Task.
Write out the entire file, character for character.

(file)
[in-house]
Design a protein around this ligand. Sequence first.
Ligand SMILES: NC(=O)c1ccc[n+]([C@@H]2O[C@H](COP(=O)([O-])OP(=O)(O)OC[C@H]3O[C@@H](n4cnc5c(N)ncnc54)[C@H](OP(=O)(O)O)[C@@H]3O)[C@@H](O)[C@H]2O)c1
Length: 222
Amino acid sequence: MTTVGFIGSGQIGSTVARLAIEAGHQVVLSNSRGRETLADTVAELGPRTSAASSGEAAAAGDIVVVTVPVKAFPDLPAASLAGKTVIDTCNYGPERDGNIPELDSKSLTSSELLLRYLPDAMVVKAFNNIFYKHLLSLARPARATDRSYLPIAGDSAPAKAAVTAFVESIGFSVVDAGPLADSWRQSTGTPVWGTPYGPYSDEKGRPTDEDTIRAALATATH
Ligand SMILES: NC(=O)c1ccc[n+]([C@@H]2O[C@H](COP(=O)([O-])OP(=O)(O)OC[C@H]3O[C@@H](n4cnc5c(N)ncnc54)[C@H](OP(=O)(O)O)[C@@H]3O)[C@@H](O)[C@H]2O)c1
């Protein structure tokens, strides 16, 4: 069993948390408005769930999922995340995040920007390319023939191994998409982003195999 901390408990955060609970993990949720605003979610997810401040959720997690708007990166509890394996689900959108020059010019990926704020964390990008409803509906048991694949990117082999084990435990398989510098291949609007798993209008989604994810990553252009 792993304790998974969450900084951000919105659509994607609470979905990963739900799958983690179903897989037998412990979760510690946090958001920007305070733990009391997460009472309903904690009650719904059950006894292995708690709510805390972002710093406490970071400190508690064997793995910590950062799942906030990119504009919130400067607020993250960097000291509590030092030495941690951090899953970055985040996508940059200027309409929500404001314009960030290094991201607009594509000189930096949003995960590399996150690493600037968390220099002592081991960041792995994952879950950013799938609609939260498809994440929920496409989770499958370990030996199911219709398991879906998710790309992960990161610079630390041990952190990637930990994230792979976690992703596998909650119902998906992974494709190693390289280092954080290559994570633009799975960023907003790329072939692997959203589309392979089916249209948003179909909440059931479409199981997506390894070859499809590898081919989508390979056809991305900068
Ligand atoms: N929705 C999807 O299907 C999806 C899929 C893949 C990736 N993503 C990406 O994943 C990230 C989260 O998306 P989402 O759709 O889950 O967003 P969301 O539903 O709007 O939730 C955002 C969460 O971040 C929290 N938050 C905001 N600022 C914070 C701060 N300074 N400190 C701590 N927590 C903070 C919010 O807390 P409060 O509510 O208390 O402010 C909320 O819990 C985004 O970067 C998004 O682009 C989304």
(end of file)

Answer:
[in-house]
Design a protein around this ligand. Sequence first.
Ligand SMILES: NC(=O)c1ccc[n+]([C@@H]2O[C@H](COP(=O)([O-])OP(=O)(O)OC[C@H]3O[C@@H](n4cnc5c(N)ncnc54)[C@H](OP(=O)(O)O)[C@@H]3O)[C@@H](O)[C@H]2O)c1
Length: 222
Amino acid sequence: MTTVGFIGSGQIGSTVARLAIEAGHQVVLSNSRGRETLADTVAELGPRTSAASSGEAAAAGDIVVVTVPVKAFPDLPAASLAGKTVIDTCNYGPERDGNIPELDSKSLTSSELLLRYLPDAMVVKAFNNIFYKHLLSLARPARATDRSYLPIAGDSAPAKAAVTAFVESIGFSVVDAGPLADSWRQSTGTPVWGTPYGPYSDEKGRPTDEDTIRAALATATH
Ligand SMILES: NC(=O)c1ccc[n+]([C@@H]2O[C@H](COP(=O)([O-])OP(=O)(O)OC[C@H]3O[C@@H](n4cnc5c(N)ncnc54)[C@H](OP(=O)(O)O)[C@@H]3O)[C@@H](O)[C@H]2O)c1
């Protein structure tokens, strides 16, 4: 069993948390408005769930999922995340995040920007390319023939191994998409982003195999 901390408990955060609970993990949720605003979610997810401040959720997690708007990166509890394996689900959108020059010019990926704020964390990008409803509906048991694949990117082999084990435990398989510098291949609007798993209008989604994810990553252009 792993304790998974969450900084951000919105659509994607609470979905990963739900799958983690179903897989037998412990979760510690946090958001920007305070733990009391997460009472309903904690009650719904059950006894292995708690709510805390972002710093406490970071400190508690064997793995910590950062799942906030990119504009919130400067607020993250960097000291509590030092030495941690951090899953970055985040996508940059200027309409929500404001314009960030290094991201607009594509000189930096949003995960590399996150690493600037968390220099002592081991960041792995994952879950950013799938609609939260498809994440929920496409989770499958370990030996199911219709398991879906998710790309992960990161610079630390041990952190990637930990994230792979976690992703596998909650119902998906992974494709190693390289280092954080290559994570633009799975960023907003790329072939692997959203589309392979089916249209948003179909909440059931479409199981997506390894070859499809590898081919989508390979056809991305900068
Ligand atoms: N929705 C999807 O299907 C999806 C899929 C893949 C990736 N993503 C990406 O994943 C990230 C989260 O998306 P989402 O759709 O889950 O967003 P969301 O539903 O709007 O939730 C955002 C969460 O971040 C929290 N938050 C905001 N600022 C914070 C701060 N300074 N400190 C701590 N927590 C903070 C919010 O807390 P409060 O509510 O208390 O402010 C909320 O819990 C985004 O970067 C998004 O682009 C989304």